Tag Archives: books

Happy 2013, folks!


I hope you all got the chance to bid adieu to 2012 with fond memories under your belts and welcome 2013 with pomp and panache. Mine involved going to Vegas with the hubby for three nights, and falling sick on my last night there. Really, why do I have to be such a party pooper? I just do not know.

I realize my blog has been catching cobwebs and hearing crickets. That’s right. I heard it too. One of my New Year’s resolutions for this year is to try and be more regular about posting things up. To be honest, I spend a lot of time making lists of things I want to write about. I promise myself that this is going to be my bedtime routine. Sadly, my bedtime routine over the past six months, that’s right, ever since I became an agent, has been to work until I pass out with my face pasted to my computer screen. Then the hubby will prod me gingerly with a hanger or spoon, just in case I wake up and begin barking like a crazy person. He does this hoping I’ll join him in bed. Unfortunately, my brief sleep usually rejuvenates me to continue working some more, until the wee hours of the morning. It’s a vicious cycle, I tell you.

But life is great. No complaints. I’ve signed on three more clients since my last post.

Katherine Ernst & Chelle Bruhns- Their amazing YA Sci-fi novel is something I’m looking forward to bringing out into the world.

Eric Delapp- A YA fantasy novel that literally took my breath away, one I finished in one sitting, I might add.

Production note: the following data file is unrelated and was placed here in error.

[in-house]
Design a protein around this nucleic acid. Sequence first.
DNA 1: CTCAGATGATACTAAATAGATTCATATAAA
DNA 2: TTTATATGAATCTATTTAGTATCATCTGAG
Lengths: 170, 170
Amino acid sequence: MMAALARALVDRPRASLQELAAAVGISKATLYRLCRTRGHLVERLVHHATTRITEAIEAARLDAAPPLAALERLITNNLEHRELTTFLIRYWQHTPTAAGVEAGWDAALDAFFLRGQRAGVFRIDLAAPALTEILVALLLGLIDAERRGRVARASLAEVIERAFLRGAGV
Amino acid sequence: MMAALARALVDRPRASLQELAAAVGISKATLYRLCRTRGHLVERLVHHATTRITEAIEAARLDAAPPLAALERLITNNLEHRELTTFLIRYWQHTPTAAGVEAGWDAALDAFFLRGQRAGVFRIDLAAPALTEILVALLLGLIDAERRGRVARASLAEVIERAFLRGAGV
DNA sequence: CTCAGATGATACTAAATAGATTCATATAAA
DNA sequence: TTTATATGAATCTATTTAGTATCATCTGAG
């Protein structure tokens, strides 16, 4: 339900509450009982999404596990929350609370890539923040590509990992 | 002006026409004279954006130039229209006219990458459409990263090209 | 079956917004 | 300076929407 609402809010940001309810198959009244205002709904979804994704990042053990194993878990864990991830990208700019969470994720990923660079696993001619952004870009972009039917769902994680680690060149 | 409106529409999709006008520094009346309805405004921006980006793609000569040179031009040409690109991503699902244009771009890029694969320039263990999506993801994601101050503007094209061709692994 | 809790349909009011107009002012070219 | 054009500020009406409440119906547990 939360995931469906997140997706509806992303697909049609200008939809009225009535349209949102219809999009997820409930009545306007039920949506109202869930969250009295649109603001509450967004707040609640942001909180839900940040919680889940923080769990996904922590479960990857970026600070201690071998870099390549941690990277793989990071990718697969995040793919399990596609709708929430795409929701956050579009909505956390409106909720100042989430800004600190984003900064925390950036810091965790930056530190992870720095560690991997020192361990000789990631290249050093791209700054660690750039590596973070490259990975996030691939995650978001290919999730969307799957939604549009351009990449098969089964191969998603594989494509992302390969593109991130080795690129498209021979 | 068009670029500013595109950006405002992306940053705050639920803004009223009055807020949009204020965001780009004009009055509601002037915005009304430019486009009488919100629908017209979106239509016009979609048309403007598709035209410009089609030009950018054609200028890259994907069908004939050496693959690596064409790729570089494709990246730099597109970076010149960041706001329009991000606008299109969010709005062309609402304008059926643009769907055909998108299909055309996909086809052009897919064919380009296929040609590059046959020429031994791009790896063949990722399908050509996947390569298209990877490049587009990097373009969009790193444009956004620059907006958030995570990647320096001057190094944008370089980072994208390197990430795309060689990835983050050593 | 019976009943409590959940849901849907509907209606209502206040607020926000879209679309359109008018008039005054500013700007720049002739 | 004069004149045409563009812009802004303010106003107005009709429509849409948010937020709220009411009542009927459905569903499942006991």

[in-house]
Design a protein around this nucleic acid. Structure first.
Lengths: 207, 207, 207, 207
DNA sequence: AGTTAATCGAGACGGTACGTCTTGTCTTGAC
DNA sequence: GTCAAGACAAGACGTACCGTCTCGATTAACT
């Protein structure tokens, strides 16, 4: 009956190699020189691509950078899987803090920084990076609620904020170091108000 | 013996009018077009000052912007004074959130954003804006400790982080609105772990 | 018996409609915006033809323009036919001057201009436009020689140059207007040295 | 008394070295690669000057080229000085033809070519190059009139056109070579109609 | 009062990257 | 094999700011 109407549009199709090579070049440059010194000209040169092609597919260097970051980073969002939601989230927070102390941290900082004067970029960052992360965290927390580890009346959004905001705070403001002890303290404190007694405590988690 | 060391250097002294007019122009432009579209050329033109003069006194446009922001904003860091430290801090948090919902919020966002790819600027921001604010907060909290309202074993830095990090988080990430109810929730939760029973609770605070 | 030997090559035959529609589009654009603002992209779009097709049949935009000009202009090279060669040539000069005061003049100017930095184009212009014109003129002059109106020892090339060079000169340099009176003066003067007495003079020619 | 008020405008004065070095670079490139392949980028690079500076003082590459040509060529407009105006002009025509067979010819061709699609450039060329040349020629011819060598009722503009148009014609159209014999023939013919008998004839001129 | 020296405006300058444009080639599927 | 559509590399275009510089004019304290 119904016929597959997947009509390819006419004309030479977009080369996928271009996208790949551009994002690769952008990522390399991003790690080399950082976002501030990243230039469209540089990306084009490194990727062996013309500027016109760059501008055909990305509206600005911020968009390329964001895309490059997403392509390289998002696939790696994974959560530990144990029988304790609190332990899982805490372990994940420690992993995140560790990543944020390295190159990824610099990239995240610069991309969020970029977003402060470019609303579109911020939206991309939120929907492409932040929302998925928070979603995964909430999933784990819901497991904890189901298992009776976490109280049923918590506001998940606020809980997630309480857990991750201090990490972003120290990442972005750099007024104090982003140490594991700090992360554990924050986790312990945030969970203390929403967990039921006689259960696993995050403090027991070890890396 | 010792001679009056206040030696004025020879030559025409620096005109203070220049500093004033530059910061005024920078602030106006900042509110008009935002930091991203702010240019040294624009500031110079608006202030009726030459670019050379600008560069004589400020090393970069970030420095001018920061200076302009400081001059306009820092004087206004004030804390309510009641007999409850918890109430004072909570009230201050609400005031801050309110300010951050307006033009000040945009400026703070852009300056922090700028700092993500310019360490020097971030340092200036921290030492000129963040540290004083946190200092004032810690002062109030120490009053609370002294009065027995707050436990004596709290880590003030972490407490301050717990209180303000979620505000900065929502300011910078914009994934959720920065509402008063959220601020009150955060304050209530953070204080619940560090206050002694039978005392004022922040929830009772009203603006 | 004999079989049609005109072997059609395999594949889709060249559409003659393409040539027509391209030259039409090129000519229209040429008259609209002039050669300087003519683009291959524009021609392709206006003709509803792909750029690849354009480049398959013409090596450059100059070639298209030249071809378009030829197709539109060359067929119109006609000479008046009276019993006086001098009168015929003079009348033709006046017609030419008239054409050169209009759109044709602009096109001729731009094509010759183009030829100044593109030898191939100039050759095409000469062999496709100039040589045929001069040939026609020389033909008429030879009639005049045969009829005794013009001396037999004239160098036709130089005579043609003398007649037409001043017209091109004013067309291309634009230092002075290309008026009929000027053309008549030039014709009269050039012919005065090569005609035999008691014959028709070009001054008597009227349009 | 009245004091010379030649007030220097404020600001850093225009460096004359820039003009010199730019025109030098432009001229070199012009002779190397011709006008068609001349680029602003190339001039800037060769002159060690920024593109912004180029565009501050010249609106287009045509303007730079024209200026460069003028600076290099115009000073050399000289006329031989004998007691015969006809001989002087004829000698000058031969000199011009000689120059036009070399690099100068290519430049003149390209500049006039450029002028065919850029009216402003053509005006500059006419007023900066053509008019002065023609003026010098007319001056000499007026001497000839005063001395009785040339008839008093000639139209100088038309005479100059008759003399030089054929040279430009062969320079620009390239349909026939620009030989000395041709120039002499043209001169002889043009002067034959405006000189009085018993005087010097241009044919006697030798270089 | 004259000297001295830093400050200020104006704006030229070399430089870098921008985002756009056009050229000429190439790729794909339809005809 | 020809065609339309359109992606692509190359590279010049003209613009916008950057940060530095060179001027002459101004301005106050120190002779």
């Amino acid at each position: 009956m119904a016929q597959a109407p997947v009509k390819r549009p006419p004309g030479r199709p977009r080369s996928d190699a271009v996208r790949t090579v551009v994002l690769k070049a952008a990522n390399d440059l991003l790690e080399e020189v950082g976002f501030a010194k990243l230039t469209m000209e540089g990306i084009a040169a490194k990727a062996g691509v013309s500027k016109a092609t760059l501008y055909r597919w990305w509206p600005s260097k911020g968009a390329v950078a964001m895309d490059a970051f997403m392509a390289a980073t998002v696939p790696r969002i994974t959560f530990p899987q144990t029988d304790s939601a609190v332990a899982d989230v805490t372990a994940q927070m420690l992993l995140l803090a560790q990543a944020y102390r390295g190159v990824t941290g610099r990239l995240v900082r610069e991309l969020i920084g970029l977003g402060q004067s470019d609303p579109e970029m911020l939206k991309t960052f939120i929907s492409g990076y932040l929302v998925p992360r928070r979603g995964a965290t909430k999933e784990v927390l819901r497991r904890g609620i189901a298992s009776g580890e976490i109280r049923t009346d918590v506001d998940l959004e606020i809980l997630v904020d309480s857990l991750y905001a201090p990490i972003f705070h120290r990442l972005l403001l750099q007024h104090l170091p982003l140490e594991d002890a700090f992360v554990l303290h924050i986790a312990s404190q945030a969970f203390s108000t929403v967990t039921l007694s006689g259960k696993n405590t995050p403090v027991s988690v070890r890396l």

Pat Esden- A YA Gothic novel that had me up until 4am! With chills running up and down my body while I read it no less!

I’m blessed that all 5 of my clients are wonderful writers, wonderful people, who really love what they do, and are willing to work (super hard) toward making their dreams come true. And I’m blessed to be able to work alongside them to make this happen.

We’ve all been hard at work. My clients with their revisions and writing, myself with revisions and learning more and more about the book business from my two amazing mentors, Kimberley and Liz. And I cannot wait for the next step. To begin shopping their amazing manuscripts out. This is going to happen REAL soon.

I will keep you folks updated with their websites and details! 🙂

On an end note, here are some of the things I’m thankful for:

1) My family. They continue to be wonderful, my never-ending source of support, love, and comfort. Although I wish they lived closer, finding a surrogate family here, in the US (my husband’s family), has been something I could not be happier about. It’s hard enough to live so far away from the people you grew up with and love. Life would have been unbearable without the support of my husband and his family.

2) An amazing job I’m lucky to have, and the staunch support of my mentors. When I try to entertain the idea of doing something else, my mind draws a resounding blank. I know without a doubt that this is what I’m meant to be doing.

3) Living in a beautiful city-the people are friendly and laid-back, the weather is amazing, and there are so many things to do, sets my head spinning!